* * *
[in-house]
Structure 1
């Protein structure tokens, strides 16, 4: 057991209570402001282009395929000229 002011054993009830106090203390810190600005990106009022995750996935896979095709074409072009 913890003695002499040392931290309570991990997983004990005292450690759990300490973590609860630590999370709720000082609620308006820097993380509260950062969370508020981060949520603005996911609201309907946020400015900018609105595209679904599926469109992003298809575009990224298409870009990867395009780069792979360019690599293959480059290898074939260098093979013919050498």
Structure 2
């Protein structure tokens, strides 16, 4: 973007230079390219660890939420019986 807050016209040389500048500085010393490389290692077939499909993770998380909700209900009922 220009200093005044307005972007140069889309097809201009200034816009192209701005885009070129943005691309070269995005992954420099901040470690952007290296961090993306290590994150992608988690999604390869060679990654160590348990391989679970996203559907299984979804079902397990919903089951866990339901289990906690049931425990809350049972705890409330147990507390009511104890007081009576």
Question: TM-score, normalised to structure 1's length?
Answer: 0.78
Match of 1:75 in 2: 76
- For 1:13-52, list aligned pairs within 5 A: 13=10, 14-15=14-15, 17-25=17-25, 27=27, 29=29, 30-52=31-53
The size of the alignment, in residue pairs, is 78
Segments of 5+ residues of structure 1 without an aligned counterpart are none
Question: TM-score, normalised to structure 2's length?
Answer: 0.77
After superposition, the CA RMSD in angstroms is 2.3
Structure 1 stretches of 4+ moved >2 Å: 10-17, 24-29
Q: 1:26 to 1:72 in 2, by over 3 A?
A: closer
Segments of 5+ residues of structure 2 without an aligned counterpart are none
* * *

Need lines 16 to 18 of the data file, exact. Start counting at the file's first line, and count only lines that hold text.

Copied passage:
Q: 1:26 to 1:72 in 2, by over 3 A?
A: closer
Segments of 5+ residues of structure 2 without an aligned counterpart are none